Both surfaces meet school safety standards, Howard said, but what gives granite sand the edge is each surface’s sliding friction. When a person falls, the surgeon pointed out, the hand usually hits the ground before the body does, which could force the arm to bend beyond the load it can carry. But granite sand allows the hand to slide a little bit, saving the arm from a nasty break.

The study took advantage of a playground safety overhaul that the Toronto School District Board was going through at the time – so no other surfaces, such as those made from recycled rubber, were examined.

But of the 5,900 fracture-related hospitalizations that happen as a result of a playground fall in the United States, the study observes, 3,900 to 4,700 could be prevented if they had occurred on granite sand surfaces.

Time to level all the playgrounds in America?

“I don’t think we need to call the gravel trucks tomorrow,” Howard said in an interview. “But in a gradual enlightened way we should be using sand under playground whenever possible as the falling surface.”

If you feel like seeing if your child’s playground is up to standard, here’s a safety checklist courtesy of the Consumer Product Safety Commission.

-- Amina Khan


Have you heard of the choking game?

December 14, 2009 | 11:22 am
It goes by many names: "black out," "space monkey," "fainting game." Participants – teenagers, mostly, it seems – play it by cutting off oxygen to the brain. They use belts, neckties, other types of binding – or a friend's helping hands – to induce a "natural high." 

Yet, say authors of a paper published in the January issue of Pediatrics, of the 163 Ohio physicians who responded to a survey, only 111 (68.1%) said they had heard of the game – mostly through popular media sources. Of those who knew about it, only 7.6% reported having a patient who they suspected was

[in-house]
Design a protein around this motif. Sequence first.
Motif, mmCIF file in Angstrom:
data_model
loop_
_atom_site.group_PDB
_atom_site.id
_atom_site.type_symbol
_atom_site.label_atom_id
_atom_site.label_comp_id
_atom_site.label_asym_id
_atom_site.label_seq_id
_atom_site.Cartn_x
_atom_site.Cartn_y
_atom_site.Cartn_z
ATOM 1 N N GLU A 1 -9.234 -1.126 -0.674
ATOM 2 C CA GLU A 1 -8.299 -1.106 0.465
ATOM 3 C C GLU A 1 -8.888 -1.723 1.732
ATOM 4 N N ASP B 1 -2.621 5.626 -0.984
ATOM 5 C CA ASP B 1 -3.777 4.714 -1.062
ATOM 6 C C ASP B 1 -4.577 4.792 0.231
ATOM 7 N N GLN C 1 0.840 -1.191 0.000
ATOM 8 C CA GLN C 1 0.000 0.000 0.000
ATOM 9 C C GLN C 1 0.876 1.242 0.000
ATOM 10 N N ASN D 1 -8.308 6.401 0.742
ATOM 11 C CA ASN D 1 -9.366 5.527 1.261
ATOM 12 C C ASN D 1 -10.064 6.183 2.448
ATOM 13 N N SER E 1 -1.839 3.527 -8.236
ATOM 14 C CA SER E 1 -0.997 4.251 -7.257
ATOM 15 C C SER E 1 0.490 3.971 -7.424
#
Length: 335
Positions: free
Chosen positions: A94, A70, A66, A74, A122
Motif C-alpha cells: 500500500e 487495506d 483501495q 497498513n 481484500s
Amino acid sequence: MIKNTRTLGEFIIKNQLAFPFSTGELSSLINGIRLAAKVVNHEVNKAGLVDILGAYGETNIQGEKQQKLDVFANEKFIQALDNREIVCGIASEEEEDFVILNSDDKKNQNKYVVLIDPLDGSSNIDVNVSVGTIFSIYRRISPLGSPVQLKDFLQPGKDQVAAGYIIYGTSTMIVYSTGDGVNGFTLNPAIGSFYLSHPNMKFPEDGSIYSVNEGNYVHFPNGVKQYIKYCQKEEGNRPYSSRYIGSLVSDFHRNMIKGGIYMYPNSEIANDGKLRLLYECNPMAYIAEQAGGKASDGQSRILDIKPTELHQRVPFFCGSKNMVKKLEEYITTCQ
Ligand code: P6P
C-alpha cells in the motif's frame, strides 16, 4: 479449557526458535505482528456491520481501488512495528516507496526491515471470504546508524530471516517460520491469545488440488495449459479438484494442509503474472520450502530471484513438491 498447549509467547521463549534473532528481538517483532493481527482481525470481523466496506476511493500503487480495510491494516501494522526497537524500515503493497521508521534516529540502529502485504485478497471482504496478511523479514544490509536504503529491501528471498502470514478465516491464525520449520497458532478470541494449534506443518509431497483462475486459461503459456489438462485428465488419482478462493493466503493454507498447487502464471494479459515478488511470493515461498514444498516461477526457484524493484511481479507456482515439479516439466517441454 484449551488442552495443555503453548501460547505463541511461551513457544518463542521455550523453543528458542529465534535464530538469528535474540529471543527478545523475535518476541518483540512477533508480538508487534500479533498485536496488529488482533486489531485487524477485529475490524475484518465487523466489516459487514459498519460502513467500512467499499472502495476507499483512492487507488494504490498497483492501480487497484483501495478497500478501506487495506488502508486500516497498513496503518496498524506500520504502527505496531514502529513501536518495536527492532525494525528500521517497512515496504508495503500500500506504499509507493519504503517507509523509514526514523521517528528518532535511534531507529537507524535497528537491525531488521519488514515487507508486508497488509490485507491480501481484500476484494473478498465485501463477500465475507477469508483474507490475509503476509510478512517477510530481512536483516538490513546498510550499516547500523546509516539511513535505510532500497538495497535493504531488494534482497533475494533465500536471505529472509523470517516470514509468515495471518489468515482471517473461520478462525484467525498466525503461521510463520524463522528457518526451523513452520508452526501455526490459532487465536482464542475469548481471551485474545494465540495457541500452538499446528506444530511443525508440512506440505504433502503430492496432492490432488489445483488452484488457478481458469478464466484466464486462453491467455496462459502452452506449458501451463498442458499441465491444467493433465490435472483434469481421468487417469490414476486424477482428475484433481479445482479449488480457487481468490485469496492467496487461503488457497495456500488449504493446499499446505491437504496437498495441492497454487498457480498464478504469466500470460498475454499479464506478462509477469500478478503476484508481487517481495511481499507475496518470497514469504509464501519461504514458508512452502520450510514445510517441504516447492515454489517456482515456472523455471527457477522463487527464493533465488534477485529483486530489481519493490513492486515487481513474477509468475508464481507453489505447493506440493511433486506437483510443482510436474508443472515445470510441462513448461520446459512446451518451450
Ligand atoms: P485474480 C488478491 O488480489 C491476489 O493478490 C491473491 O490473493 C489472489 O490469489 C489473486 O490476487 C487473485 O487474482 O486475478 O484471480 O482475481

playing the choking game.

That’s a seriously low level of awareness, says Nancy E. Bass, one of the authors of the paper. "The choking game may not be as prevalent as other [risky behaviors] like drugs, but the issue is it can result in death," Bass said, adding, "It’s becoming more prevalent ... if you have an asphyxia related death, it's difficult to know whether it's unintentional."

The Centers for Disease Control and Prevention surveyed media reports and counted 82 deaths between 1995 and 2007 that were likely the result of the choking game. It's an indication that physicians simply may not be trained to recognize the warning signs, from strange bruises to bloodshot eyes.

Bass said she hopes the paper will encourage physicians – particularly those in pediatric practice and emergency room training – to include the choking game in their general-advice discussions with teenagers, which includes such topics as smoking, balanced diets, school performance and alcohol use.

For a personal account, here's Sandy Banks' 2005 story of a family dealing with the aftermath of a likely choking game-related death. Here's a CDC fact sheet on the choking game and its warning signs.

-- Amina Khan


Parents: Get the sex talk over with

December 9, 2009 |  4:25 pm
If you’re thinking about talking to your child about sex, you could be too late. Kids appear to be engaging in sexual activity much earlier than they have in the past – but today’s parent hasn’t gotten with the program.

In a new study published online Monday in the journal Pediatrics, more than 40% of teens surveyed said they had had intercourse before discussing key issues with their parents. Such issues included sexually transmitted diseases, how to use a condom, and what to do if your partner refuses to use a condom. Boys had the talk even later than girls. Parental talks for both genders were still behind the times, though – which is troubling, given that medical professionals are recommending early and frequent STD screening for young women within a year of having sex for the first time.

For the reluctant parent, a handy primer from Planned Parenthood on discussing birds and bees with your child. 

-- Amina Khan